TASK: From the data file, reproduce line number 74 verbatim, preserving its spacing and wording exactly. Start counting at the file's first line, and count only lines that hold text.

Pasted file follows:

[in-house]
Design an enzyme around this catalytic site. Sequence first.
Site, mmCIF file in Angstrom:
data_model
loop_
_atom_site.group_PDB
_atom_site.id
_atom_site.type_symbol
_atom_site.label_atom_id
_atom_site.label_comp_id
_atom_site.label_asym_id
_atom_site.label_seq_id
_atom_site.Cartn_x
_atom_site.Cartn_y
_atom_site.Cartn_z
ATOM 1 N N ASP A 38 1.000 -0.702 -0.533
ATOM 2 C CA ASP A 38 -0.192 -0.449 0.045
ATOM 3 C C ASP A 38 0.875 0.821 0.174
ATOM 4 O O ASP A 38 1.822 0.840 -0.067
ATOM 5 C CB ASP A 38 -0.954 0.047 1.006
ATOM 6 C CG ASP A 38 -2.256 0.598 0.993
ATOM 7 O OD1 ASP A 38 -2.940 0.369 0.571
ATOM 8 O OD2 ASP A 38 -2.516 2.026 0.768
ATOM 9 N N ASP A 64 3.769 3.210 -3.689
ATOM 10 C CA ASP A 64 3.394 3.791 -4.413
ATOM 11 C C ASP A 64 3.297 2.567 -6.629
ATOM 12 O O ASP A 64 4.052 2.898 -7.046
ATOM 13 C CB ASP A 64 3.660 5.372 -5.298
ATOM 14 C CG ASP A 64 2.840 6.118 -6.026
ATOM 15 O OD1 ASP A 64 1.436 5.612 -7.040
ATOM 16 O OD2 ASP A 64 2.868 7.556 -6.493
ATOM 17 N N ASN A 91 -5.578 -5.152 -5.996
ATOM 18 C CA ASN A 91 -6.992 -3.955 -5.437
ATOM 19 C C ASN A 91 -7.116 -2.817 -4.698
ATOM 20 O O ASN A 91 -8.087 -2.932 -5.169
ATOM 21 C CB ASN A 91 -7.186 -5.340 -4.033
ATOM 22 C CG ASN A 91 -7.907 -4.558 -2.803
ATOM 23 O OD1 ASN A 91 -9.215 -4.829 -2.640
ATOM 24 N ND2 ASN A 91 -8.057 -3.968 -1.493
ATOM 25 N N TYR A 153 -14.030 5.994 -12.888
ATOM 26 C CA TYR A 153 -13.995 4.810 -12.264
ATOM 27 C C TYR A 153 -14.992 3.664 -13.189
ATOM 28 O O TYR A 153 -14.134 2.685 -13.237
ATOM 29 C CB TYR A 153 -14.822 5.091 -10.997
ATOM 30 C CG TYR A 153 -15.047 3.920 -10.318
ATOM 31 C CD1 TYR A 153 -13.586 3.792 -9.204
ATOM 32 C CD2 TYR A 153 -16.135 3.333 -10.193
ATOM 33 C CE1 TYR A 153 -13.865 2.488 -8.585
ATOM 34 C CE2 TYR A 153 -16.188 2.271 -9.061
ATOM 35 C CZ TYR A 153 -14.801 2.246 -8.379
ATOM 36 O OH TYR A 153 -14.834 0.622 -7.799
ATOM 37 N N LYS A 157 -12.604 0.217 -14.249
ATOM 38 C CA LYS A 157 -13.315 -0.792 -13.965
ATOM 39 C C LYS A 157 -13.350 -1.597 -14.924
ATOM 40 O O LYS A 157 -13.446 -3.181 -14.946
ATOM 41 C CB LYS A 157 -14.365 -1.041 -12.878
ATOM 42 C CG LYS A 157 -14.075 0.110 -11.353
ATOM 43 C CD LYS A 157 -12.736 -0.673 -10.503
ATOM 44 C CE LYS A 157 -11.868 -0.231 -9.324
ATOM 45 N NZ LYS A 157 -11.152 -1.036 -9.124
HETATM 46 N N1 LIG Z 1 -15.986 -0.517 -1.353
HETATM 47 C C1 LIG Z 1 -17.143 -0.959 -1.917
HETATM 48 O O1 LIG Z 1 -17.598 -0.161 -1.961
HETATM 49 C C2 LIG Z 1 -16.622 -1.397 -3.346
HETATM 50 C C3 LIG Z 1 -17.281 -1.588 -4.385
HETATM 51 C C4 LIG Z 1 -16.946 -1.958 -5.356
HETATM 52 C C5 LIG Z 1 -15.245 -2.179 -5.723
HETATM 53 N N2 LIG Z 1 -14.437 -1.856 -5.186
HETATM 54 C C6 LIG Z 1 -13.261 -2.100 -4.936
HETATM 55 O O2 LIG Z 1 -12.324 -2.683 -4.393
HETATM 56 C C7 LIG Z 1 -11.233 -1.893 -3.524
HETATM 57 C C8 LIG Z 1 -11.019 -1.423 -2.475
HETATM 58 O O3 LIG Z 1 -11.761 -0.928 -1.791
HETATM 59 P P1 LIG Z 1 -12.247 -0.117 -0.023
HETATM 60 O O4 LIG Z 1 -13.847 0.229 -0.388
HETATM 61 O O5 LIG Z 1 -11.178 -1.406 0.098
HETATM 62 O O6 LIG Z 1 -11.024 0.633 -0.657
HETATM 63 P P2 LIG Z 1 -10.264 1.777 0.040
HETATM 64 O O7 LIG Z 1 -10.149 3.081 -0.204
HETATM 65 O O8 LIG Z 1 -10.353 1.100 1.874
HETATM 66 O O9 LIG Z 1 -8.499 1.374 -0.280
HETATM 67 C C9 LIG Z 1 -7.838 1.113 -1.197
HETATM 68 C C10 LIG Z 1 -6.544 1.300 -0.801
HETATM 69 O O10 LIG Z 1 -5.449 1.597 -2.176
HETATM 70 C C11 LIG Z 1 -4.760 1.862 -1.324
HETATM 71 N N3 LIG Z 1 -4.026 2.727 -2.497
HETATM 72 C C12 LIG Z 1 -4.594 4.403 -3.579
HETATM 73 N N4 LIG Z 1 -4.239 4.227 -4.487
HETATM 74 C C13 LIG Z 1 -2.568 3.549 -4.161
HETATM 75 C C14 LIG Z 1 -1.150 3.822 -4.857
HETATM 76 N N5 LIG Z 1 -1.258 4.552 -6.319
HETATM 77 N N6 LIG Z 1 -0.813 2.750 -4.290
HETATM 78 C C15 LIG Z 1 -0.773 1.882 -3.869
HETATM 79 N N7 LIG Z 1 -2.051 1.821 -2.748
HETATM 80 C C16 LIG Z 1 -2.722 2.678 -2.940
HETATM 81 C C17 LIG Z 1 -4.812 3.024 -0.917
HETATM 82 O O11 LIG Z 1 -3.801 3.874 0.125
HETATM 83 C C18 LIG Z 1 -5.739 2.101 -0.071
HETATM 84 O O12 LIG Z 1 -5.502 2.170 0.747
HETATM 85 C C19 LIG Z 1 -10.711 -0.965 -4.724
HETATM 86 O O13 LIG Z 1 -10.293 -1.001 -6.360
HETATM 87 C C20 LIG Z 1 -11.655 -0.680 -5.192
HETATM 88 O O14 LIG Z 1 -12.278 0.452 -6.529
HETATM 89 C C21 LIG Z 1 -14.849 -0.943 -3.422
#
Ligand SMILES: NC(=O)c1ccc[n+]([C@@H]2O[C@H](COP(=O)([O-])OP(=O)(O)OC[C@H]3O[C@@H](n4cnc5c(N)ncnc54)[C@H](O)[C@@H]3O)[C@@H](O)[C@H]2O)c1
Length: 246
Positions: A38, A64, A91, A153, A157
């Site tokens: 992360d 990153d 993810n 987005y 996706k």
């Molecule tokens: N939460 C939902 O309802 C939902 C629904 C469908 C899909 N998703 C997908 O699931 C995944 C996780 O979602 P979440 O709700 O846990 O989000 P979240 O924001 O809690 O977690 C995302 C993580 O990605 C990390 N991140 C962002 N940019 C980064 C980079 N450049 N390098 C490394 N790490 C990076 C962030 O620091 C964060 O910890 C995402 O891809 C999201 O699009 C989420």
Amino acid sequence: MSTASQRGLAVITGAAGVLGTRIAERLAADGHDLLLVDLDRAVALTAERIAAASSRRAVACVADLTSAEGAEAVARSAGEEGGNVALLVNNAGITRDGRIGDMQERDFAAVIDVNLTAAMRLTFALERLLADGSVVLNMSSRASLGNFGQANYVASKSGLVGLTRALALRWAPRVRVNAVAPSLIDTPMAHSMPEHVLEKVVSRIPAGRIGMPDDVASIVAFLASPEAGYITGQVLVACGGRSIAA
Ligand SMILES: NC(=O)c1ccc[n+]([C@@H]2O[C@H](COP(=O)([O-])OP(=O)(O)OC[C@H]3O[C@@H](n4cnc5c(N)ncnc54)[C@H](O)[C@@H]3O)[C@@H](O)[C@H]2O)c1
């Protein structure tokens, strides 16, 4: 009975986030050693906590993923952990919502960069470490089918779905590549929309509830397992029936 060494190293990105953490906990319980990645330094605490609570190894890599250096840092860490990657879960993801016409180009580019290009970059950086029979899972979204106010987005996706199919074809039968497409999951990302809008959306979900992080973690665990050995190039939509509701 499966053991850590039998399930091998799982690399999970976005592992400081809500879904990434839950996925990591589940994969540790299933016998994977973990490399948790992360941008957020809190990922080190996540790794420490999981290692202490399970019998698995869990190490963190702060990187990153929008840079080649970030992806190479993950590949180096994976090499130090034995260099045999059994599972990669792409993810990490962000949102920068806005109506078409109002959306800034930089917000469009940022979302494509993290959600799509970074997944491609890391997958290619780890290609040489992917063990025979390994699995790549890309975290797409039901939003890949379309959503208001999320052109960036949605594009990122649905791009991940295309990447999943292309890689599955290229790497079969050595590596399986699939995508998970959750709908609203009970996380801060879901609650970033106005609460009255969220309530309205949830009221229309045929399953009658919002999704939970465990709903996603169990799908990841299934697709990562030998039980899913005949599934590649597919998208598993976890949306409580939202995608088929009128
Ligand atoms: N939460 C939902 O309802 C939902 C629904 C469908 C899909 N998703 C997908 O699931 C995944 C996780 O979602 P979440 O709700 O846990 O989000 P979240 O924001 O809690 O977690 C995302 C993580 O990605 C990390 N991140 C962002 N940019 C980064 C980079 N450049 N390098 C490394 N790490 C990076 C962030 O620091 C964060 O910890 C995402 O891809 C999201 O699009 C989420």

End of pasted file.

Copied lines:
HETATM 59 P P1 LIG Z 1 -12.247 -0.117 -0.023